Migrating your DMS to the cloud? There is a better way.
On page seven of the recently released ILTA Tech Survey Summary we’re told that “the conversations about cloud use have moved from ‘will we’ to ‘when will we'”. Like many other organizations, perhaps your firm has decided that they are going to take the leap; you are moving to the cloud.
Philosophically, you have all the right reasons for wanting to do so. You have so much more that you want to accomplish strategically than contemplate the architecture and renewal of your aging onsite infrastructure. Some of your clients have articulated requirements ranging from SLA demands for 99.999% up-time, to demonstrations of a superior security infrastructure, penetration testing and disaster recovery capabilities. This has created an overwhelming sense that your firm could never get there on your own.
According to Joshua Lenon and Bryce Tarling in a recent article, cloud is the “Next Phase”. Others would also agree that cloud seems to be the right answer. Now we move from the “will we” and “when will we” questions to “how will we” get there, and what will getting there mean in terms of how users interact with your firm’s data?
If just the items mentioned above are truly important, then the firm is already in for a sea of change. The move to cloud would definitely allow for the simplification of your document management system (DMS) infrastructure, but it should also inspire a review of how all of your data is managed. Maybe, like many others, your firm didn’t just have documents in the DMS. Users and teams often maintain documents outside of the DMS in order to get the advantages associated with applications that didn’t integrate well into that environment. These content repositories often contain hundreds of thousands of documents and are core to specific business functions for which no real contingency has been developed apart from the backup regime currently in place.
But if we want a 99.999% SLA, then we’ve got to have it all across the board, right? There goes the simplicity of just making a backup of the existing repository and sending it off to iManage for inclusion in their cloud environment. However, it’s not that simple either. A backup can be created for the existing repository and, yes, it can be sent off to iManage. But how to deal with the content being generated and modified in the repository between the time that backup is taken and the time the content is ready for access in the cloud? What about those custom queries that your IT department had so cleverly built to dynamically generate workspaces based on information from the firm’s practice management solution? What about the other integrations you’ve built that directly leveraged the iManage database or the legacy API? How will these work in the ‘new world’? How will I expose my content to AI platforms so my users can benefit?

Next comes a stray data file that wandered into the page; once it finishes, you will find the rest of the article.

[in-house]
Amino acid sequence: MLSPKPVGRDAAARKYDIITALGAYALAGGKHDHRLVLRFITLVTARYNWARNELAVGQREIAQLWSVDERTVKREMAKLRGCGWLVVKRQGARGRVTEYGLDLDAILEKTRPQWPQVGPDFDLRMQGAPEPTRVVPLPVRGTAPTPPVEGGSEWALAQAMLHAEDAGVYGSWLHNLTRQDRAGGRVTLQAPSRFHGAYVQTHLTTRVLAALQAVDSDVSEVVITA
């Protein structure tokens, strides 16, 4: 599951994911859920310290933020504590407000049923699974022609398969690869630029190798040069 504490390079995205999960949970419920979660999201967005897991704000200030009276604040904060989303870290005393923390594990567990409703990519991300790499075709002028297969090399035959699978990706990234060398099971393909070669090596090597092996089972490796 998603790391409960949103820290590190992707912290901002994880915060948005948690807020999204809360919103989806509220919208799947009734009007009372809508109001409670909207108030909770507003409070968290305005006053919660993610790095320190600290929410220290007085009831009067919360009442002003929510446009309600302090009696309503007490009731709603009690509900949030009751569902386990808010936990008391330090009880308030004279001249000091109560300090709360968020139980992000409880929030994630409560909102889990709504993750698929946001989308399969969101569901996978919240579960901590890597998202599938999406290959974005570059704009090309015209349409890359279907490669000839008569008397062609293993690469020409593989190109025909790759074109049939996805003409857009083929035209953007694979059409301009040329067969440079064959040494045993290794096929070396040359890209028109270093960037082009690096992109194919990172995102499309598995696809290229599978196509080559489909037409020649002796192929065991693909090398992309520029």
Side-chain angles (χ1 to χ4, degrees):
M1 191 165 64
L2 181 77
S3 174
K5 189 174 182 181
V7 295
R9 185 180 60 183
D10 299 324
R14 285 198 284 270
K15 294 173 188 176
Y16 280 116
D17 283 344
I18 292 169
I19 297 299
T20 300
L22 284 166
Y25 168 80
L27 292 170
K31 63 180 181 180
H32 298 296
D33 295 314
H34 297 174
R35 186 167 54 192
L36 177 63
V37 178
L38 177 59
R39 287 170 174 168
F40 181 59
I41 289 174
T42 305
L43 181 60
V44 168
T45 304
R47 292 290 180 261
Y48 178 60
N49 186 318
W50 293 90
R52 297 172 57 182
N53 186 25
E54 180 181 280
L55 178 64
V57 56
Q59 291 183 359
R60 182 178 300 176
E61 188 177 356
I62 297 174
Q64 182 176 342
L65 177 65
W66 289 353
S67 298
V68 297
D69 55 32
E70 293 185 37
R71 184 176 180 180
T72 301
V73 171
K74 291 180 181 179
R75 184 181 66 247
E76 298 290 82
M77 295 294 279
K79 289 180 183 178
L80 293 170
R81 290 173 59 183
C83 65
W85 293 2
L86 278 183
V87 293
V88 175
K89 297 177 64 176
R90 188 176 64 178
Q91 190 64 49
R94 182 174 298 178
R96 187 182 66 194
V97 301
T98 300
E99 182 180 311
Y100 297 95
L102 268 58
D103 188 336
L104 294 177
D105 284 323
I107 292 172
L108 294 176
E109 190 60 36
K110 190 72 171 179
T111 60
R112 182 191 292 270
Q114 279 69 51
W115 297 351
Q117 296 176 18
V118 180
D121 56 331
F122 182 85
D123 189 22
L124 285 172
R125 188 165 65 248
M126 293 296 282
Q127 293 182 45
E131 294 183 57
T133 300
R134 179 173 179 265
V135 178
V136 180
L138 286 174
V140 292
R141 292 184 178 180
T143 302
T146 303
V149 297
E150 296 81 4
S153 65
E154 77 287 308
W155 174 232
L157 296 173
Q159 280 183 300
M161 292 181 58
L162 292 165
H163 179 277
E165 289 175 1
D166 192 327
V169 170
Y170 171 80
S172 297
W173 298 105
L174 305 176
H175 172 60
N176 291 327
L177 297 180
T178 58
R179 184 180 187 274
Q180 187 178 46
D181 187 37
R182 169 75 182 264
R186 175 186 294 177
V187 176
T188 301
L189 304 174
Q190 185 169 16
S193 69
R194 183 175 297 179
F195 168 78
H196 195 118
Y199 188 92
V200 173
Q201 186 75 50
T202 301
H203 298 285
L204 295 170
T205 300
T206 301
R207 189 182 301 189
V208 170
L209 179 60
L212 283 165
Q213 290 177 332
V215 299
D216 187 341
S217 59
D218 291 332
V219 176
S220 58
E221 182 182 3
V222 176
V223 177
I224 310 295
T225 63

Some of our customers have asked us to help them build solutions that ensure they have ongoing, direct access to their data in ways not offered by your ‘typical’ cloud solution. They didn’t want to lose out on functionality provided by platforms that continue to have a significant impact on their daily activities. Others just wanted the security of knowing that they will continue to have an accessible backup of their cloud content that they can control.
There are a lot of things to consider, chief among these items is how to make the change with as little interruption to your users as possible and without losing data or data context. But there’s an opportunity to do much more if you take some time to consider your options. You have a lot of systems with a lot of data that may not be well tied together. Is this one of those moments when you can find common elements to your data and use those elements to build additional context and intelligence into the content? Is this the time to eliminate, rather than perpetuate, the challenges that have been hanging around now for some time?
I know, from experience, that it’s possible to have a seamless transition with the right process and the right tools. From my perspective, this part is fairly simple. The aftermath, if you haven’t considered all the angles, won’t be so simple.
Ask yourself this question: Am I implementing this change in a way that solves an apparent IT ‘headache’ for me or am I implementing the change in a way that brings greater value to my users in terms of their content interactions while solving an IT headache and increasing customer confidence? It will change the way you approach the pieces and you’ll end up with a much better result.
Is it simple? No. Can it be straightforward? Yes!
Howard Russell, president and CEO, RBRO Solutions